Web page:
What is PLPD?
<lingo>Personal liability and property damage (PLPD) coverage, also commonly referred to as state-minimum coverage, is a type of auto insurance policy that includes only the minimum amount of coverage required by law. Since each state sets forth their own auto insurance requirements, specific characteristics of a PLPD policy can vary from one state to the next. Carrying PLPD insurance is typically the least expensive way to keep a vehicle "street legal" in terms of coverage, though it may not provide adequate coverage for all types of accidents or other incidents.</lingo>
PLPD Clearly and Briefly Explained
There are generally two specific types of coverage included in a PLPD policy: liability coverage and property damage coverage. Liability coverage is designed to pay for costs related to another person's injuries or death in the event of an at-fault accident. This coverage doesn't apply to the driver, but to other parties involved.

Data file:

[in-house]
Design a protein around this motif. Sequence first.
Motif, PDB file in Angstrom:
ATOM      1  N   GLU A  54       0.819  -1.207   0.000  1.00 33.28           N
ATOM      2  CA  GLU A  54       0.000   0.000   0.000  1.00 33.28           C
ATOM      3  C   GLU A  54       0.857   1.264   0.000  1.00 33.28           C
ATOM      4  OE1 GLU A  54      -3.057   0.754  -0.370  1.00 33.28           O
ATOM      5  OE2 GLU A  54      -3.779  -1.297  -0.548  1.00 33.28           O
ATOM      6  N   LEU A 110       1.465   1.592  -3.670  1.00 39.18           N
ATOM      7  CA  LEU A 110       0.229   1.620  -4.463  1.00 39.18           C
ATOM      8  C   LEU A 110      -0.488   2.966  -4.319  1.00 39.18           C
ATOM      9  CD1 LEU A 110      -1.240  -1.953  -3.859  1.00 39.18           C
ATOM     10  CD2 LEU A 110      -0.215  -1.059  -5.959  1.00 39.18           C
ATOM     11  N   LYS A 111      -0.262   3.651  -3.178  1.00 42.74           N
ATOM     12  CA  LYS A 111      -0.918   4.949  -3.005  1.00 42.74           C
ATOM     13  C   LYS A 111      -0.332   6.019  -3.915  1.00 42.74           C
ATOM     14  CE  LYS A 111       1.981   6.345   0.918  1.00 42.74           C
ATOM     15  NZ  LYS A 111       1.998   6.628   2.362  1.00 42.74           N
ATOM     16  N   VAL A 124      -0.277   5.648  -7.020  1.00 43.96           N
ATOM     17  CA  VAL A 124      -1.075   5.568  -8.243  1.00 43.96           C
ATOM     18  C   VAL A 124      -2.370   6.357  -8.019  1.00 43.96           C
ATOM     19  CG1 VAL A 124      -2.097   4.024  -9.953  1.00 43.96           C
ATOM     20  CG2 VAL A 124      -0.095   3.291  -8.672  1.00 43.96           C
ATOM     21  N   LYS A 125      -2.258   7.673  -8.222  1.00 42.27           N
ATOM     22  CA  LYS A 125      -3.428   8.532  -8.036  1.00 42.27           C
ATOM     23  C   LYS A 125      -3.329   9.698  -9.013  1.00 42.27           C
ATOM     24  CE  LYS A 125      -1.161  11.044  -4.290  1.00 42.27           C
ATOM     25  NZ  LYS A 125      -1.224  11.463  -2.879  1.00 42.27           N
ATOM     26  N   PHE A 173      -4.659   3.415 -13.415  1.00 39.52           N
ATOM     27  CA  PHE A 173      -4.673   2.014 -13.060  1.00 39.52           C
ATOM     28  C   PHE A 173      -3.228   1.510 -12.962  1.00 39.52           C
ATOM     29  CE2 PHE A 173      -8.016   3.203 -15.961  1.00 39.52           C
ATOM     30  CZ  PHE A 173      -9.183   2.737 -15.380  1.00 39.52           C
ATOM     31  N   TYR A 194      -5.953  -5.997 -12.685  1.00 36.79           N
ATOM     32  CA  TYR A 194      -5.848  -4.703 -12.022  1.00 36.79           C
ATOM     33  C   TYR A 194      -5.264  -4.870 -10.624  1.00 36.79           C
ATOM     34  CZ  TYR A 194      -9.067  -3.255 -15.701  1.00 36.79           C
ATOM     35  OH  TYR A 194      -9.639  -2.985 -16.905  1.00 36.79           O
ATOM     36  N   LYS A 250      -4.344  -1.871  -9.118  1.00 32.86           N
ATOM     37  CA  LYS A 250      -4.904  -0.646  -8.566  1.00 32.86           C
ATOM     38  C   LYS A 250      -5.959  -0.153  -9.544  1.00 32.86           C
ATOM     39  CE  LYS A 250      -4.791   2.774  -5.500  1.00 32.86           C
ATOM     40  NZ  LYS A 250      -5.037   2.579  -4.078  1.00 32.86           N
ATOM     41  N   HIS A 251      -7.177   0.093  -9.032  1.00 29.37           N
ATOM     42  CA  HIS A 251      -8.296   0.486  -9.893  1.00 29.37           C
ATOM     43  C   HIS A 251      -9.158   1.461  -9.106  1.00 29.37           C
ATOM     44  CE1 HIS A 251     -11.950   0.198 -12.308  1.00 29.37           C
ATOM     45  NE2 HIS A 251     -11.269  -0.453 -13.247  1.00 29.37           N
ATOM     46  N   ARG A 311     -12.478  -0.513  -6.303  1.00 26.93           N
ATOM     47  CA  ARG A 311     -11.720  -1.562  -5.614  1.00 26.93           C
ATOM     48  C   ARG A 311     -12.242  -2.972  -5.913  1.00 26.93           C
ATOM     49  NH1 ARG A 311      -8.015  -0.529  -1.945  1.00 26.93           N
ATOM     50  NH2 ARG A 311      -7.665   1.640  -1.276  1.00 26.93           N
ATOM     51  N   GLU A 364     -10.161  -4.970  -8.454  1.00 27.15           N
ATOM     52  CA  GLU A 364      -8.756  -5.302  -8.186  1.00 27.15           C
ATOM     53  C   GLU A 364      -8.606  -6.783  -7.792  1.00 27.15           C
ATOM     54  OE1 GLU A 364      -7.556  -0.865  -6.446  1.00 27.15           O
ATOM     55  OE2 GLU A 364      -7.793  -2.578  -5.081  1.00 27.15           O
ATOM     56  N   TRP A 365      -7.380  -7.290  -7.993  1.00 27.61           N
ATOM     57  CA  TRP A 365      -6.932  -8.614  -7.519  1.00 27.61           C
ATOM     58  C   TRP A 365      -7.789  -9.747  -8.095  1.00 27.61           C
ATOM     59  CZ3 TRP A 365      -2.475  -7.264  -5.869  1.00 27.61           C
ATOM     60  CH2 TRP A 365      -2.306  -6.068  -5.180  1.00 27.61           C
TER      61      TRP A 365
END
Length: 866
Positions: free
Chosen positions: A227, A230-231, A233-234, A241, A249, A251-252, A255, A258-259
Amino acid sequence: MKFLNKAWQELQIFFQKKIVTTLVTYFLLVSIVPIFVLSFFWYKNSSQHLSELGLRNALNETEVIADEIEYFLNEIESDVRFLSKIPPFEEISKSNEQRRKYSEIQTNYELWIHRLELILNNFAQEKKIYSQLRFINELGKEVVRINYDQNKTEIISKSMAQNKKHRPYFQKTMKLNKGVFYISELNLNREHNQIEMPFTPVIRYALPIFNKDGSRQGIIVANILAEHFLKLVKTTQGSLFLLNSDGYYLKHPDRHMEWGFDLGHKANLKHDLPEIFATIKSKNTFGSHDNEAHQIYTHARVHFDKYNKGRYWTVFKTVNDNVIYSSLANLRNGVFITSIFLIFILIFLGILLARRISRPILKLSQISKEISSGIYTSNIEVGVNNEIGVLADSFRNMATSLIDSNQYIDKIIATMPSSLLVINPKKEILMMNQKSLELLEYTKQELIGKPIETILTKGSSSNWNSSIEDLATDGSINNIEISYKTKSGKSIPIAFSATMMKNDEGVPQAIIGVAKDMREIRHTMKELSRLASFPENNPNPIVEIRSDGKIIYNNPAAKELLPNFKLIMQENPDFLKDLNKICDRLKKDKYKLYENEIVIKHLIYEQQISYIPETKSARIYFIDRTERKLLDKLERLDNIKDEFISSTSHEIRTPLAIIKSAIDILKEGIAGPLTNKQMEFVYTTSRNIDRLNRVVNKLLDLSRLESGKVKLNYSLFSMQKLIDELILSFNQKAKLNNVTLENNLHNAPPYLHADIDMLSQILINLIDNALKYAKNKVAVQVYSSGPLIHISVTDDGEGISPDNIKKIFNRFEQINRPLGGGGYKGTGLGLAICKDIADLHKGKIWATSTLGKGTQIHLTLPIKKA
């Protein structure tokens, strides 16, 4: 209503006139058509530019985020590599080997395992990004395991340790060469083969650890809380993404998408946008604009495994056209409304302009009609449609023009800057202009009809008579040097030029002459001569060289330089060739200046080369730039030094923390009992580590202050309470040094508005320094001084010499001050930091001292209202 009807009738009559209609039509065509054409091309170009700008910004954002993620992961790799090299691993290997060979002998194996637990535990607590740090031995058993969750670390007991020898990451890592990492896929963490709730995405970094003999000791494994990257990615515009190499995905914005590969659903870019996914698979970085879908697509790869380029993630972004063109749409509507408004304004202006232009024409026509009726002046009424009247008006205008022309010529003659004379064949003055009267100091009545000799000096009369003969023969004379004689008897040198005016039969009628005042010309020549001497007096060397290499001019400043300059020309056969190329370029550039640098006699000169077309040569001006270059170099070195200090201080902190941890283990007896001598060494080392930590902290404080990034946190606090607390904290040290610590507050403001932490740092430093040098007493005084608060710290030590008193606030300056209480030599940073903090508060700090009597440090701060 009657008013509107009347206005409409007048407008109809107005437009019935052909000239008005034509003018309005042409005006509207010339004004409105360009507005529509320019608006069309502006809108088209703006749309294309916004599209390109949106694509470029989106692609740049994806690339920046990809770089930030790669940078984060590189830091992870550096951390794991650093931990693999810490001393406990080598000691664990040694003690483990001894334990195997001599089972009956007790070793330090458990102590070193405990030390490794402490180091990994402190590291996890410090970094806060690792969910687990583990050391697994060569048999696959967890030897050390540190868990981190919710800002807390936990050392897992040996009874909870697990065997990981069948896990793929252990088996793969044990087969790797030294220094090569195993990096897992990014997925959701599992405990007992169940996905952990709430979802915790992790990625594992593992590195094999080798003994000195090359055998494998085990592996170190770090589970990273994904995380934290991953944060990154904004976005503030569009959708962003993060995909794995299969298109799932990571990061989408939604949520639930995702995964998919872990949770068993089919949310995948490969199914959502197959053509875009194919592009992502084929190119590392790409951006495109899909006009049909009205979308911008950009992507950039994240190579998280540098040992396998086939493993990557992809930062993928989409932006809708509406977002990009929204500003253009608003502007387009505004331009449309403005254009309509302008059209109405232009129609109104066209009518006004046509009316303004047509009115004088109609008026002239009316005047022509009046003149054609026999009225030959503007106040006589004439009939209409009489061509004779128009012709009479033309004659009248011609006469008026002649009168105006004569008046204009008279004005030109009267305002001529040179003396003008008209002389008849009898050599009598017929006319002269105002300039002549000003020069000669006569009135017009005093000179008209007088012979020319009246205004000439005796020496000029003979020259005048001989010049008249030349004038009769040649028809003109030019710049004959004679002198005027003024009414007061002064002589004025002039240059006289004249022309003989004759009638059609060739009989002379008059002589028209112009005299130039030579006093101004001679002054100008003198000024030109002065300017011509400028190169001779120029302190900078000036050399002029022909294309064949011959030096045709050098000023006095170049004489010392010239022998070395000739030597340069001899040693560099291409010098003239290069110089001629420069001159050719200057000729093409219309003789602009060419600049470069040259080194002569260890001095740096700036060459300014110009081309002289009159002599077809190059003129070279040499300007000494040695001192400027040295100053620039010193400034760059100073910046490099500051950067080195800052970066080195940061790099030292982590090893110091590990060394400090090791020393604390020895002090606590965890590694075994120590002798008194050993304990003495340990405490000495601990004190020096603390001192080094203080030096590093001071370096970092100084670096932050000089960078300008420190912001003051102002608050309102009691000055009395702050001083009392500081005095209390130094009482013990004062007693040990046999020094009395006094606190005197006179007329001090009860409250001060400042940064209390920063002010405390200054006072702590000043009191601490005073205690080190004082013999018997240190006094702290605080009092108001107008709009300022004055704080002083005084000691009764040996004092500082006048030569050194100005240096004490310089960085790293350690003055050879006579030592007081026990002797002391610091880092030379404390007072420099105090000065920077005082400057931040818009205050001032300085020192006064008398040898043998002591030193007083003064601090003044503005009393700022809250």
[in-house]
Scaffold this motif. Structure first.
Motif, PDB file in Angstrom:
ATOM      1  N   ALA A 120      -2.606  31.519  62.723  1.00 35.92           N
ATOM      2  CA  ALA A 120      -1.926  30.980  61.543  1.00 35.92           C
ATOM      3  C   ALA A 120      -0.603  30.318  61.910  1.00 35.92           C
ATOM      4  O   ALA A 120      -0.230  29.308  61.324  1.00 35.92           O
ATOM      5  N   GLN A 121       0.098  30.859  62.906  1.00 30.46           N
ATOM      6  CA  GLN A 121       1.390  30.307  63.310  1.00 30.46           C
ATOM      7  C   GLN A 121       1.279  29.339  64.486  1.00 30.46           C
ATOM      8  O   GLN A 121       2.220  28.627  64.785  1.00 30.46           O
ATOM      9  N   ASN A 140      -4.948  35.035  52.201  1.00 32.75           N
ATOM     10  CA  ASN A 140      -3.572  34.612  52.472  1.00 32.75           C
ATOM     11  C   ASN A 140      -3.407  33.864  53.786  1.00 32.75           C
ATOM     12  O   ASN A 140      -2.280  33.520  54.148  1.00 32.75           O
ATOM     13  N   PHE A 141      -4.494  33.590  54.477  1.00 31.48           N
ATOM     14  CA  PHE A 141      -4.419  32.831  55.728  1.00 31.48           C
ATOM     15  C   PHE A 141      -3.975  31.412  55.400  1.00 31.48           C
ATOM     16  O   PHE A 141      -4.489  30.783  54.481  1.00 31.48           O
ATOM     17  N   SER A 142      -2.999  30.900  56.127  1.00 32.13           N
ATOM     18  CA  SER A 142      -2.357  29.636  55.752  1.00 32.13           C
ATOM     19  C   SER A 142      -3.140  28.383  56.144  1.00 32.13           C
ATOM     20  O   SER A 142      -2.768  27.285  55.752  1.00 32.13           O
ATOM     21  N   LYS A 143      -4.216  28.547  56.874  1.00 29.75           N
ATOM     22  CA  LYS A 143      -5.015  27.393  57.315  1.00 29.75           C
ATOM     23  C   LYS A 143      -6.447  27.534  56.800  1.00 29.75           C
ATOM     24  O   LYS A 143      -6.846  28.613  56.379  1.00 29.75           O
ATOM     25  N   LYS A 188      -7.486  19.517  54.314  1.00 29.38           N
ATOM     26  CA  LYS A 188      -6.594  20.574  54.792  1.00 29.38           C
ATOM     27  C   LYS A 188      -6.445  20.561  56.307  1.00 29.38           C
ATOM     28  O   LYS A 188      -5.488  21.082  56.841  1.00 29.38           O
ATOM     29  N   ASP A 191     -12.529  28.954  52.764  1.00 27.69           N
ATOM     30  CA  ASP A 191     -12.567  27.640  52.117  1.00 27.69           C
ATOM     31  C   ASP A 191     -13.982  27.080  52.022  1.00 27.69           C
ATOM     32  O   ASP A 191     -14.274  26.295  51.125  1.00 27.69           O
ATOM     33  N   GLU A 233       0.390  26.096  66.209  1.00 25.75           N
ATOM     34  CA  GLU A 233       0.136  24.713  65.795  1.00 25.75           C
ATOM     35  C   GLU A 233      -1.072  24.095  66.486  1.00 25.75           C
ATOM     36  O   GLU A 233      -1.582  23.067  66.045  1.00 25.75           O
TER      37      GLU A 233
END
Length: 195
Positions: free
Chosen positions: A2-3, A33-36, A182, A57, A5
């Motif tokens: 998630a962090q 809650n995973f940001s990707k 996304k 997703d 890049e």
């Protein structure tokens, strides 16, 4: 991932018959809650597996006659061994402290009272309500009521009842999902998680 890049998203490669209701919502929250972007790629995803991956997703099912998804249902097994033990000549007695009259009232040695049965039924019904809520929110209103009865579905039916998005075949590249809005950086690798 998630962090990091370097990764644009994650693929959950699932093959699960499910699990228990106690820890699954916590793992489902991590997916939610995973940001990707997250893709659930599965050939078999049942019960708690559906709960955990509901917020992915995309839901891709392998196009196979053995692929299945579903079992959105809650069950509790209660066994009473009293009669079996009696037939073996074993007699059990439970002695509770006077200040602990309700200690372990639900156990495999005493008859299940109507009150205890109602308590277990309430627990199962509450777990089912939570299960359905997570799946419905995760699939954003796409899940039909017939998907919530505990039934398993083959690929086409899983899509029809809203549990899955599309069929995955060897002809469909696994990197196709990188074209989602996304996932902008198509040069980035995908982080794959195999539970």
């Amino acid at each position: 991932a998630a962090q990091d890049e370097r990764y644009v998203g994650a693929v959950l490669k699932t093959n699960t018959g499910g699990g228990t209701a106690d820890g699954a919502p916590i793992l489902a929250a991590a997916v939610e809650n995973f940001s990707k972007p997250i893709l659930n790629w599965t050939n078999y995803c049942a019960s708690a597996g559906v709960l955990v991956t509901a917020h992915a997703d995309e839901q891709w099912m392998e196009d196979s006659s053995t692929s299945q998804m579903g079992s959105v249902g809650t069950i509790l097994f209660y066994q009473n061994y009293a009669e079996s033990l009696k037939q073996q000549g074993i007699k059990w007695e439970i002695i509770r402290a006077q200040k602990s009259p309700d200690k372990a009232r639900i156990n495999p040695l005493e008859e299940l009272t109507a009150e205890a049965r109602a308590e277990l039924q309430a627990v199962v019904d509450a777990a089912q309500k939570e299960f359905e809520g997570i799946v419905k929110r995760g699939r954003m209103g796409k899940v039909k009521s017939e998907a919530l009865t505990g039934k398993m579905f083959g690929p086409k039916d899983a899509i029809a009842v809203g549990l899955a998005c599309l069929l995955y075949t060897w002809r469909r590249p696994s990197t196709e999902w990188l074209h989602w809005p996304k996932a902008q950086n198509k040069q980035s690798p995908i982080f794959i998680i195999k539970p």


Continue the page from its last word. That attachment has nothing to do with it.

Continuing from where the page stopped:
Property damage coverage, on the other hand, is meant to pay for expenses related to damaging another person's property during an auto accident. If you rear-end somebody, for example, your property damage coverage should kick in and pay for the damage to the other person's vehicle.
<twitter>In Michigan, drivers are required to carry a liability coverage minimum of $20,000 per person and $40,000 per accident</twitter>
Coverage amounts for PLPD can vary greatly based on state minimum requirements. In Michigan, for example, drivers are required to carry a liability coverage minimum of $20,000 per person and $40,000 per accident, along with property damage coverage of $10,000.
While PLPD tends to be the least expensive option when it comes to auto insurance, it's not for everyone. If you have a vehicle that's still being financed (either through a lease or monthly car loan payments), your lender will most likely require additional insurance coverage beyond PLPD amounts. This will probably include higher liability and property damage protection amounts, along with comprehensive and collision coverage.
Even if you own your vehicle outright, it may be wise to carry more than your state's minimum PLPD insurance. The additional protection can give you added peace of mind and save you from headaches down the road if you're involved in an accident.